Archived posting to the Leica Users Group, 2005/10/22

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Subject: [Leica] RE: Inkjet Print Longevity
From: jonathan at (Jonathan Borden)
Date: Sat Oct 22 06:43:59 2005
References: <>

Jim Christie wrote:

> Thanks to everyone for the feedback on this subject. You've helped  
> form and
> solidify my opinion and advice that I am going to give to my  
> friend. That
> is, the top manufactures, e.g. Epson, HP and Canon all have high  
> quality
> printing equipment that basically do a good job for most amateur and
> advanced amateur photographers as long as you follow mfg  
> instructions and
> use quality papers and inks recommended by the mfg. Using lesser  
> quality
> will be a "crap shoot" and most likely will not have the same  
> quality or
> life. Also, many professionals use the same equipment and high quality
> papers and inks, but probably use a much more refined process.

A few points:

There are vast differences in inkjet print (as well as C41 print for  
that matter) longevity between different "major" vendors.

Epson *pigment* as opposed to dye based inks (i.e. 2200, 2400 ...)  
have vastly better longevity than dye based inks.

For B/W printing, pure carbon based inks printed on 100% rag paper  
(i.e. no optical brighteners) offer the most archival printing  
techniques ... indeed should last longer than traditional silver/ 
gelatin prints.

(I use both Epson pigment inks as well as the MIS "EZW" inks (these  
are pure carbon and have the slightly warm color of pure carbon (i.e  
graphite), so you don't need to use a "major vendor" if you research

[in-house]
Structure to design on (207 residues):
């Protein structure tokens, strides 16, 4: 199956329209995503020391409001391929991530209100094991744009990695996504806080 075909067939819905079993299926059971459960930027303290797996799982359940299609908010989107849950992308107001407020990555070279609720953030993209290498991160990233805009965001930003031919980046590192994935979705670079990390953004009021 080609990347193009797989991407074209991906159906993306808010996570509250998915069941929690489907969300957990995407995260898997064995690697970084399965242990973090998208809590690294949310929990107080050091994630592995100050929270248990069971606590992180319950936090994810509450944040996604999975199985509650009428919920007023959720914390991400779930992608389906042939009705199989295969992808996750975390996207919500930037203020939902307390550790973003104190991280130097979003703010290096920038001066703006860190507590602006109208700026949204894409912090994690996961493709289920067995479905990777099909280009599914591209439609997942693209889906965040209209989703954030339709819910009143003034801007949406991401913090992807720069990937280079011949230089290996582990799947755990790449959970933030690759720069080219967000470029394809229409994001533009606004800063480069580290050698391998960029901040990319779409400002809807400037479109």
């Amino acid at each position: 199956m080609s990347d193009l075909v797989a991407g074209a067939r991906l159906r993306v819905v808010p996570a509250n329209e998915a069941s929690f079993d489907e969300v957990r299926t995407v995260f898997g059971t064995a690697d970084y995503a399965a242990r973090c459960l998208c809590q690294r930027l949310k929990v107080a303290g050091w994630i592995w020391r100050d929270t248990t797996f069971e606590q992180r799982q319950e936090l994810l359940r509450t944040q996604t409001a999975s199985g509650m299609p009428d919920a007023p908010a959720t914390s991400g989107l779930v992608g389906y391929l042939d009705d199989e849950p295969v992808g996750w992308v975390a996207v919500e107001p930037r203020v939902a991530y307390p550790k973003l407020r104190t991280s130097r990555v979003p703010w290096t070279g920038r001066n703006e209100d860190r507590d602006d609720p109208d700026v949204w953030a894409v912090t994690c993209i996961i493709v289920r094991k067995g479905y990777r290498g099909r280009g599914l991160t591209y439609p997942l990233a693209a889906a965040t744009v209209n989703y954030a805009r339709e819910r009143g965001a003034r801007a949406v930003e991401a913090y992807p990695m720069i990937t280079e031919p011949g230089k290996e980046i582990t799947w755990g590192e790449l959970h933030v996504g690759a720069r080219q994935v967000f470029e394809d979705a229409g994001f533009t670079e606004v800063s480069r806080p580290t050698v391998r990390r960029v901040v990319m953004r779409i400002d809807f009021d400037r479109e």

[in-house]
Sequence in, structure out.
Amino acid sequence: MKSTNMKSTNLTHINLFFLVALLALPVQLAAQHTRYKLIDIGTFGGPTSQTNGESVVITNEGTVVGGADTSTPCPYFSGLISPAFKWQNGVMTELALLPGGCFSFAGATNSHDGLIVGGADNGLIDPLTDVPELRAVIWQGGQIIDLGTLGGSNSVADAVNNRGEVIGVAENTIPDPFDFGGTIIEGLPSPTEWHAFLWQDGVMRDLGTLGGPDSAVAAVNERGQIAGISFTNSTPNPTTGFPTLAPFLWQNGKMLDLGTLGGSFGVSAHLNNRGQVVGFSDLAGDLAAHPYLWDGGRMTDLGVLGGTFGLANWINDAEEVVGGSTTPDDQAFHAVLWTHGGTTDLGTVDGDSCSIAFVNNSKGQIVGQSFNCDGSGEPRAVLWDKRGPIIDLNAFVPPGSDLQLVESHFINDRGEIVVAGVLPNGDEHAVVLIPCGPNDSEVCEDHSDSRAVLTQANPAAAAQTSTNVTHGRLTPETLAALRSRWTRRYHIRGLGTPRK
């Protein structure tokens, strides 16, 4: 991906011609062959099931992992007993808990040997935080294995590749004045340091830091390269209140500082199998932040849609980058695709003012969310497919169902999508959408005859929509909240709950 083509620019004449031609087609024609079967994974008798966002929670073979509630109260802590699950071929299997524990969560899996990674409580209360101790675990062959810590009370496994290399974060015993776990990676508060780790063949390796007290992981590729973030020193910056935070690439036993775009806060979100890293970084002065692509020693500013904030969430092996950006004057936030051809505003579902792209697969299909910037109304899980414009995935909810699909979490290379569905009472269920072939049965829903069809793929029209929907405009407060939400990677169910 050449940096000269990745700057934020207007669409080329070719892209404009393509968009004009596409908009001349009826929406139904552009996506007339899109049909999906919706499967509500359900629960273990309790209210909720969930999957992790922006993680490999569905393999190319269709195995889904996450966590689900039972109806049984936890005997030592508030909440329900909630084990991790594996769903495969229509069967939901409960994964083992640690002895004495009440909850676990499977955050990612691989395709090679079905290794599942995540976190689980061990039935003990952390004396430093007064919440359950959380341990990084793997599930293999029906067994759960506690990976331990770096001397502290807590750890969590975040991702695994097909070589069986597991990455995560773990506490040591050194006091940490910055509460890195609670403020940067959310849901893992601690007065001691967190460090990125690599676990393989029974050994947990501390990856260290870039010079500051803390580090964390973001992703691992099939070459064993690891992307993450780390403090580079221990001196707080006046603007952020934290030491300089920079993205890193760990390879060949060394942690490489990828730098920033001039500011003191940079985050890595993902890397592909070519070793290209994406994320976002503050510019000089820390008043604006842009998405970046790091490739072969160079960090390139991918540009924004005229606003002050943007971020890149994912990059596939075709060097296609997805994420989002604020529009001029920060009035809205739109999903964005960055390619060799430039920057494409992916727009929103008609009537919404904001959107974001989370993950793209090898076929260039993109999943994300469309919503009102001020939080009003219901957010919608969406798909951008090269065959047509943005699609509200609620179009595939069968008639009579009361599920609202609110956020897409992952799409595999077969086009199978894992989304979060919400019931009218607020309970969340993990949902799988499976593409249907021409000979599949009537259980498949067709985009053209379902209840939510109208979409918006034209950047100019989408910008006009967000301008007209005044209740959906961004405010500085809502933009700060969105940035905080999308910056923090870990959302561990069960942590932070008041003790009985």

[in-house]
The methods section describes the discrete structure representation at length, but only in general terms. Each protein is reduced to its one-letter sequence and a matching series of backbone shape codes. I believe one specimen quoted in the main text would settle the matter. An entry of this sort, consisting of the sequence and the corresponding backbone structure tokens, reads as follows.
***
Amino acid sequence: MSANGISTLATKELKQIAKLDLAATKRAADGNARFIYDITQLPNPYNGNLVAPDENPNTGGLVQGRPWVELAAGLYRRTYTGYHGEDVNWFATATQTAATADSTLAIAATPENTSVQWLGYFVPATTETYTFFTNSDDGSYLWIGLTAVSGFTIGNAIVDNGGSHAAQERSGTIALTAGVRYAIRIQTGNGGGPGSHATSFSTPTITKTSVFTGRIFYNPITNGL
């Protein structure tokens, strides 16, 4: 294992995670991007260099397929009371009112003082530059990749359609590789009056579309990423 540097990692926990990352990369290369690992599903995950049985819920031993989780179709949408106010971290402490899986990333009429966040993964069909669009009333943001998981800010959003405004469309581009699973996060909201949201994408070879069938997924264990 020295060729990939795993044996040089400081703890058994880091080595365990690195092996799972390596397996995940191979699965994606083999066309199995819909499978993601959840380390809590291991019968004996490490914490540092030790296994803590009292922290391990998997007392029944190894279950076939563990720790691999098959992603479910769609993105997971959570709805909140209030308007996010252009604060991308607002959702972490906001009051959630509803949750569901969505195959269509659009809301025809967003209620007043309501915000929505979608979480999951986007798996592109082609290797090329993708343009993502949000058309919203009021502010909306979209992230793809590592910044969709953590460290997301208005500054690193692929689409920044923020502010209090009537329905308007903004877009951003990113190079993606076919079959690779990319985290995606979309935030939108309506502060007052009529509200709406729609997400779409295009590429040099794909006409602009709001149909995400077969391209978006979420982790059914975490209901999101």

this carefully).

You still need to protect against both UV light and atmospheric  

I mount my prints using "Alphamat" which contains well tested  
substances that actually absorb pollutants.

It is also recommended to coat the print with a barrier (e.g.  
PremierArt). These techniques have all been very well tested by  
(professional) conservationists).

And use either UV absorbing glass or UV absorbing plexiglas for the  
final framing.

> As Ted suggested, we can always replace the print if need be, so  
> just get
> out there and enjoy your photography.

Actually not. The longevity of CD/DVD is not terribly great, neither  
is there any guarantee that in 50 years the new generation of  
computers will be able to read the old DVD formats or old file  
formats. These things have already tended to change rather rapidly as  
computers are swapped out every couple of years or so. I personally  
have stacks of old tape drives that I have a very hard time finding  
hardware which can read them.


In reply to: Message from jim.christie at (Jim Christie) ([Leica] RE: Inkjet Print Longevity)